Germany has been as vociferous as France among the G 8 nations in opposing the American invasion and occupation of Iraq. It has also been increasingly skeptical of Washington's war on terrorism.
Germany also has a sophisticated understanding of, and good relations with, the Muslim world. In addition, it considers itself the closest European ally of Israel.
The German perspective on terrorism, especially on young European jihadists, is, therefore, useful.
"We need a dialogue with the Muslim world but there's too much distrust," said a very senior policy official in Berlin in a lengthy and candid interview, given on condition of anonymity, and conducted before last week's bombings in London.
"There's distrust because of our double standards," he said, citing the Arab-Israeli dispute, and because of what he called the Bush administration's "hegemonic" policy: Occupying Iraq to control the oil and the region, especially Iran, and controlling Afghanistan to have access Central Asian oil and gas reserves.
Worse, the Americans are carrying out the policy "in such a blunt way that they can't see that they are destroying everything in their path ...
"When the American soldiers see Iraqi women and children in a car, how can they shoot?"
Yet, he said, Washington wonders: "`Why do they hate us?' Easy. They hate us because of the policies."
On the other side, many Arab regimes use the Arab-Israeli dispute to justify their own oppression. That's why the American push for democracy, if it is serious, is welcome, he said.
Some hardline Muslim clerics, he noted, "will not recognize Christians and Jews" and won't talk to us. But the West must open up a dialogue with the broader Muslim world.
Instead, he said, "Americans want to tame Islam. They are looking for Muslims to be `good Muslims.' They are looking for Muslims who agree with them. They are talking to what (British author) Tariq Ali calls the `House Arabs,' like the `House Negro.' That doesn't work."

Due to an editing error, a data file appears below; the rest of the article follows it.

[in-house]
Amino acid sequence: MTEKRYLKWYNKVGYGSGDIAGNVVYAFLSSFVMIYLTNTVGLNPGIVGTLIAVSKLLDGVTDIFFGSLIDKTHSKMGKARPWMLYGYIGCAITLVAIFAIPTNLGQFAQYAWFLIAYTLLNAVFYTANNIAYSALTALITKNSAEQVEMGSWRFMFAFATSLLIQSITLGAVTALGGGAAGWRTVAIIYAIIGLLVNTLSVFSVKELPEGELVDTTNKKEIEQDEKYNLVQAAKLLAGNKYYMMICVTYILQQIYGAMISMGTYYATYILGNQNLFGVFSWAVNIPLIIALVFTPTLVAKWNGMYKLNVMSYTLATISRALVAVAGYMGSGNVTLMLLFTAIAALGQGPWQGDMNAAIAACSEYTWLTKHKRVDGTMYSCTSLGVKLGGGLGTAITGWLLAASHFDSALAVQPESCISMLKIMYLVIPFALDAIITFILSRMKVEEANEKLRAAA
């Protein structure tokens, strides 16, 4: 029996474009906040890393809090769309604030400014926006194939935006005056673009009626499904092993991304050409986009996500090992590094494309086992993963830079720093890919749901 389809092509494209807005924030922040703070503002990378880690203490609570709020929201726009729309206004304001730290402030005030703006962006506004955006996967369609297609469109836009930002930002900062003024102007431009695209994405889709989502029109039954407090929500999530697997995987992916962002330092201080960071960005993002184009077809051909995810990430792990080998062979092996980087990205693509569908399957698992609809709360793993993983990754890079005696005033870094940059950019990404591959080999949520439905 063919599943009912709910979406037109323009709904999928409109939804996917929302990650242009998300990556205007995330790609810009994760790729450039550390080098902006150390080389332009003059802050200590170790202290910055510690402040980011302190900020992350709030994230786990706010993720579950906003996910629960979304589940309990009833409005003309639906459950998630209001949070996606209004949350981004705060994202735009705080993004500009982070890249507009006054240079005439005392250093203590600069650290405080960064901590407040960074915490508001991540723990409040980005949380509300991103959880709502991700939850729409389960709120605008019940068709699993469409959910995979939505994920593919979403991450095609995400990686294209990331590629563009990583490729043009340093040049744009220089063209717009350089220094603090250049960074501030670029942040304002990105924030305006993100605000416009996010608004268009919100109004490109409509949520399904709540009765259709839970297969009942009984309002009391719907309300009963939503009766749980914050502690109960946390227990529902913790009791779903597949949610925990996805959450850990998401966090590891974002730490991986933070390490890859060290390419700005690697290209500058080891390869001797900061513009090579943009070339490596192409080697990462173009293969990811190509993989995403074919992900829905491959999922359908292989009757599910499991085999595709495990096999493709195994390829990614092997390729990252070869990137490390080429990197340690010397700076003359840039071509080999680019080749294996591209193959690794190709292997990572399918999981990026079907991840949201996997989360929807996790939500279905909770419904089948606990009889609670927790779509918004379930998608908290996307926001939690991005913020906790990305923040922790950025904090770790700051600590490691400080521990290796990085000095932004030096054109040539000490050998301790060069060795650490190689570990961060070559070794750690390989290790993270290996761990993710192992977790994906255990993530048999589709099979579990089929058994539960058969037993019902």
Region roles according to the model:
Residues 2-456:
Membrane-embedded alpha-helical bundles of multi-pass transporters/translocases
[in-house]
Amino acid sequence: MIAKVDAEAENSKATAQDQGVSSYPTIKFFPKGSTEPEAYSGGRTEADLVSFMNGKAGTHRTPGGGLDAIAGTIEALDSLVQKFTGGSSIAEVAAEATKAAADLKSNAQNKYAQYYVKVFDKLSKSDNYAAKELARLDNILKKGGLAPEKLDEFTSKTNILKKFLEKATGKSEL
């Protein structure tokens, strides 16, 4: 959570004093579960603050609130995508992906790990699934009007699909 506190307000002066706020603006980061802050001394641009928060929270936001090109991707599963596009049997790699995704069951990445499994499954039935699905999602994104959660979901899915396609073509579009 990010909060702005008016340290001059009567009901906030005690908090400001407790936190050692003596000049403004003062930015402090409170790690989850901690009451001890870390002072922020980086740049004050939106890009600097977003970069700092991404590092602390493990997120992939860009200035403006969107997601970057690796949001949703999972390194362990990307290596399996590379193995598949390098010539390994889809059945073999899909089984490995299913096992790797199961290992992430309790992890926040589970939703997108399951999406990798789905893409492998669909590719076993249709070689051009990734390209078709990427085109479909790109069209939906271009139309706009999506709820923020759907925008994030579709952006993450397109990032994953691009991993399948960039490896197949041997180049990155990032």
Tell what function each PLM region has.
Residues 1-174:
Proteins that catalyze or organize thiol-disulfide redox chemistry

Such "House Arabs" and, increasingly, "House Muslims," he said, "know exactly what to say. They say all the things Americans want to hear. And the Americans say, `How bright, how wonderful.'
"This is wrong. We need people with whom we can have a frank dialogue."
There has also been an increasing tendency among some Americans to blame Islam, he said, even though "the problems of the Muslim world are not faith-based.
"The problems are secular. They are political. They are problems of joblessness, poverty and corruption. They are not faith-based.
"At a conference, someone asked me: `What are we going to do about the problem of the Qu'ran?'
"I asked: `You want to rewrite it or what?'
"You cannot discuss the methodology of the Qu'ran any more than you can the methodology of the Bible or the Torah or any other divine text.
"This is foolishness.
"All religions go through their own historical evolution. Outsiders can't force it.
"We would not like it if a Muslim came and said to the Germans that Luther was silly, or that this or that part of the Bible makes no sense in this day and age. "I think this is very dangerous."
The official also shed light on the German perspective on young European jihadists, who are active not only in Iraq but in Europe.
"For many frustrated Muslim youth, it's some kind of adventurism, like people joining the French Legion.
"They come together. They are revalidated. They feel self-important.
"Their rhetoric is the same as that of the (defunct) leftist movements, as the Baader-Meinhoff Gang or the Red Brigades — `fighting for the underdogs.'"
A similar spirit drove the jihadists who went to Afghanistan in the 1980s to fight the Soviet occupation.
"We welcomed it then. Now, it's a big dilemma."
He added: "We need a serious dialogue with Muslims, especially the Muslim youth ...
"We are talking too much. We need to listen more to Muslims and take them as partners" in the war against terrorism.
Haroon Siddiqui is The Star's editorial page editor emeritus. His column appears Thursday and Sunday. email@example.com.